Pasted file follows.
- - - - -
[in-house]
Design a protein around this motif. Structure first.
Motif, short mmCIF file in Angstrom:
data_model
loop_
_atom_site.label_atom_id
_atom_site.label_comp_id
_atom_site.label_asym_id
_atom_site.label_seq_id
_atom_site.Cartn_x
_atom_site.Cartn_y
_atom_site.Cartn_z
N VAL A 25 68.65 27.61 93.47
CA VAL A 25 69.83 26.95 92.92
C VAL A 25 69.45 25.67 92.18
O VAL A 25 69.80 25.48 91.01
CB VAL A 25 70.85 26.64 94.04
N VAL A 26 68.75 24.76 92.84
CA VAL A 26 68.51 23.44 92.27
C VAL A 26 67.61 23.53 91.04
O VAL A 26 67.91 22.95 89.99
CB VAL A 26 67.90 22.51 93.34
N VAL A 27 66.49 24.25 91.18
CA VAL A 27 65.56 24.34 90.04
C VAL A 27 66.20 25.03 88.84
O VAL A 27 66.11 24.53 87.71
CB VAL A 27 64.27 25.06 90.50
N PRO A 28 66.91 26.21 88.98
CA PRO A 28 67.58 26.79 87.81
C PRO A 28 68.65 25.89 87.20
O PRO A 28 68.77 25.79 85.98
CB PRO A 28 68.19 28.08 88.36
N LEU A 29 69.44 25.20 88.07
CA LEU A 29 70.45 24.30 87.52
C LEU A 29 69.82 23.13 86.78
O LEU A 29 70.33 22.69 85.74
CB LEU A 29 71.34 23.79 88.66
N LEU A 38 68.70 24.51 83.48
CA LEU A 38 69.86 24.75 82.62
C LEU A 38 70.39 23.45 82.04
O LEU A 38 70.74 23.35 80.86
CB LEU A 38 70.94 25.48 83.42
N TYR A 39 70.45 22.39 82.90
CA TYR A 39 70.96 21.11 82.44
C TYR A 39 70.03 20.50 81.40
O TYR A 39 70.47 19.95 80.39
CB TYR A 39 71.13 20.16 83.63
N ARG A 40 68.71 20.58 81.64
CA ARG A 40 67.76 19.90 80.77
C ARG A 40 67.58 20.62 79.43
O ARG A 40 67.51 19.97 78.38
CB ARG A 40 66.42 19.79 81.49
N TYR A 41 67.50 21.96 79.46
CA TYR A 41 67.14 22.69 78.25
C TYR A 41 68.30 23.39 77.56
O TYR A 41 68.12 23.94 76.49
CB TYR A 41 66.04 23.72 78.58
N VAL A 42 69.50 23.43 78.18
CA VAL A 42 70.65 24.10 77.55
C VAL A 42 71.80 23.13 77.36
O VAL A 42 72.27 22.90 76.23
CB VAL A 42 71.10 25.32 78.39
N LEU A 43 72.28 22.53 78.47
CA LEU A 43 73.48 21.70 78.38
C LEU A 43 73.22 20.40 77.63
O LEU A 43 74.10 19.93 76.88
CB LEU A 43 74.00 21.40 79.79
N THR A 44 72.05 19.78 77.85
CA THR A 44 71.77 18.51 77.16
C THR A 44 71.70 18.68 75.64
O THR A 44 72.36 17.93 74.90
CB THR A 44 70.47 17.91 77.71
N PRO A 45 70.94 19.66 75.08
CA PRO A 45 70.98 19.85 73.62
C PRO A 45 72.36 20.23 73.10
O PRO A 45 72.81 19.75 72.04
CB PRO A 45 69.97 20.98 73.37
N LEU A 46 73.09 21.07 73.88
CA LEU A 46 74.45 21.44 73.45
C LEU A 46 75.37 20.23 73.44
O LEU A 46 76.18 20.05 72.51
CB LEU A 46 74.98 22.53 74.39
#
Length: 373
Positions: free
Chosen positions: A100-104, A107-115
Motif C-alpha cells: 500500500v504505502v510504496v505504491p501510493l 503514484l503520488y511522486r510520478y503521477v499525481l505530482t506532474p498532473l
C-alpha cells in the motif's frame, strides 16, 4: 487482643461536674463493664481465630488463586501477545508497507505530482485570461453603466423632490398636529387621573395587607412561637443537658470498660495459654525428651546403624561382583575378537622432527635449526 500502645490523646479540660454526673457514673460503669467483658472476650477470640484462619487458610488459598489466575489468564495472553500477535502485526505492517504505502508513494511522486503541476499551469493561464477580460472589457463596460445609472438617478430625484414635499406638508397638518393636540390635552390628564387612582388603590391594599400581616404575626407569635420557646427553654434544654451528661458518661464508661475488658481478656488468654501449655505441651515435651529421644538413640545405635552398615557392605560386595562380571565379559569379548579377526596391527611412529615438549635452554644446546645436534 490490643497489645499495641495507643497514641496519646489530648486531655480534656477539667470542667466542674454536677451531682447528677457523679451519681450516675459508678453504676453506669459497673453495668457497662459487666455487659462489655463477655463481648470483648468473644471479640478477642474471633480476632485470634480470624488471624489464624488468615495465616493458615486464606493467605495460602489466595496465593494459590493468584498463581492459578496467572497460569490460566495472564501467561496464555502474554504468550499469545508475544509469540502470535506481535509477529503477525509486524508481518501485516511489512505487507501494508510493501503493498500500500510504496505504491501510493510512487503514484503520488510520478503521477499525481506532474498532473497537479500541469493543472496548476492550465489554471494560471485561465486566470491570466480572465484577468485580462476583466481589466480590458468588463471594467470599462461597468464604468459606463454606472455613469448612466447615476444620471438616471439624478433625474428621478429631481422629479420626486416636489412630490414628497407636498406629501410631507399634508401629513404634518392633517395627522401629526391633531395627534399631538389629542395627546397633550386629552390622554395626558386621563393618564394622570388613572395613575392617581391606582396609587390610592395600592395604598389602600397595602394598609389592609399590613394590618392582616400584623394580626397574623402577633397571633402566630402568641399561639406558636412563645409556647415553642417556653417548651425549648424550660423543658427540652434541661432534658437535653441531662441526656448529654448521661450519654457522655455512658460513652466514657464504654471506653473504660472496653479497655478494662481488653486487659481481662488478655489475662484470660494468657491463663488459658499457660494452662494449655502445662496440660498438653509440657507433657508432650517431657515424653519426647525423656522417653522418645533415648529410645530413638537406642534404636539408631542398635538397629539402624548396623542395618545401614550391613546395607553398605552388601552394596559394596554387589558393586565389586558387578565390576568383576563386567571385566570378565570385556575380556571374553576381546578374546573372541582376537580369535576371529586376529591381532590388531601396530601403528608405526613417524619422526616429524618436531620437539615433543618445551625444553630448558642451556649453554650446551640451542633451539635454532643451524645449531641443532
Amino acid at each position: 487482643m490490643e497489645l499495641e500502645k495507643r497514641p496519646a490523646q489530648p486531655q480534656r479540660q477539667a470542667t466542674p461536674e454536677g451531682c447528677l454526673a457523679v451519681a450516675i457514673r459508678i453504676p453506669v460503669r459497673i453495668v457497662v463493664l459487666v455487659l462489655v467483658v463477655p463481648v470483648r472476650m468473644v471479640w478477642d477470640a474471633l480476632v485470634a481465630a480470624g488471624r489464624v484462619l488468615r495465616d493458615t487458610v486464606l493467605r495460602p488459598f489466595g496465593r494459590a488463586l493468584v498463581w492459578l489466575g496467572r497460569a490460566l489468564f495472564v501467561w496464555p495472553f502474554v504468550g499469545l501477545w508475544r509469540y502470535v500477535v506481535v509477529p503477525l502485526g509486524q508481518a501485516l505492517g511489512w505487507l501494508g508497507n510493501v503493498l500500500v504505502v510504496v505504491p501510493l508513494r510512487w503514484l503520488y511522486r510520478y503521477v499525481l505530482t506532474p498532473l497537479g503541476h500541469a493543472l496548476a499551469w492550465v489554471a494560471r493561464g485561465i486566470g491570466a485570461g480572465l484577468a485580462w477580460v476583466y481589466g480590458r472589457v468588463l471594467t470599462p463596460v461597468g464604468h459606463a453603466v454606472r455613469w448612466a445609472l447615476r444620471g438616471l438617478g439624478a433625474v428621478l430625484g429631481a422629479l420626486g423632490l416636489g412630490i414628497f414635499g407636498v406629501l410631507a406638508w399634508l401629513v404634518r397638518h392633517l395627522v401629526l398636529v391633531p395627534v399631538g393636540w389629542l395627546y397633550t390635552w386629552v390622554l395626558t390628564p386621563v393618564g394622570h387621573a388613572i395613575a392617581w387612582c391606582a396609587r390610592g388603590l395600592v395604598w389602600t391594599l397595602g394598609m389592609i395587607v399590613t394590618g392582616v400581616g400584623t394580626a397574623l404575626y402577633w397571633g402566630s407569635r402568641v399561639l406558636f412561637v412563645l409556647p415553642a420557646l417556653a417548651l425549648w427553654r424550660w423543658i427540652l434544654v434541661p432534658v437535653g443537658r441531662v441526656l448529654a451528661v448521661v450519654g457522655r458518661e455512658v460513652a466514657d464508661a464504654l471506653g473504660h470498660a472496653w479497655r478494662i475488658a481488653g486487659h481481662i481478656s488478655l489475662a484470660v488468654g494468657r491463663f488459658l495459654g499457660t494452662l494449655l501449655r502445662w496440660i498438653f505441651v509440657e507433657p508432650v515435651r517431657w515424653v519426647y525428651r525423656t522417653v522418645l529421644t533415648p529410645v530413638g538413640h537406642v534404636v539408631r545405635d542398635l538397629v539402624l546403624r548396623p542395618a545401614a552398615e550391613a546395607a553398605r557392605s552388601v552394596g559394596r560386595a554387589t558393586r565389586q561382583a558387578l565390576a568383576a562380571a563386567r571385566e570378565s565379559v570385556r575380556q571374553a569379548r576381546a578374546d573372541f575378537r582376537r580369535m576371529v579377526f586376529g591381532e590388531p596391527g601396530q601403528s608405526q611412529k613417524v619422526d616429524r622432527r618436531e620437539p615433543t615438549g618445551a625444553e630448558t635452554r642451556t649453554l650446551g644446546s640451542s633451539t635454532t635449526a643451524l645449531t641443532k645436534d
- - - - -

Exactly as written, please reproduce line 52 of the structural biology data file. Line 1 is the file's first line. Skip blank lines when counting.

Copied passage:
CB ARG A 40 66.42 19.79 81.49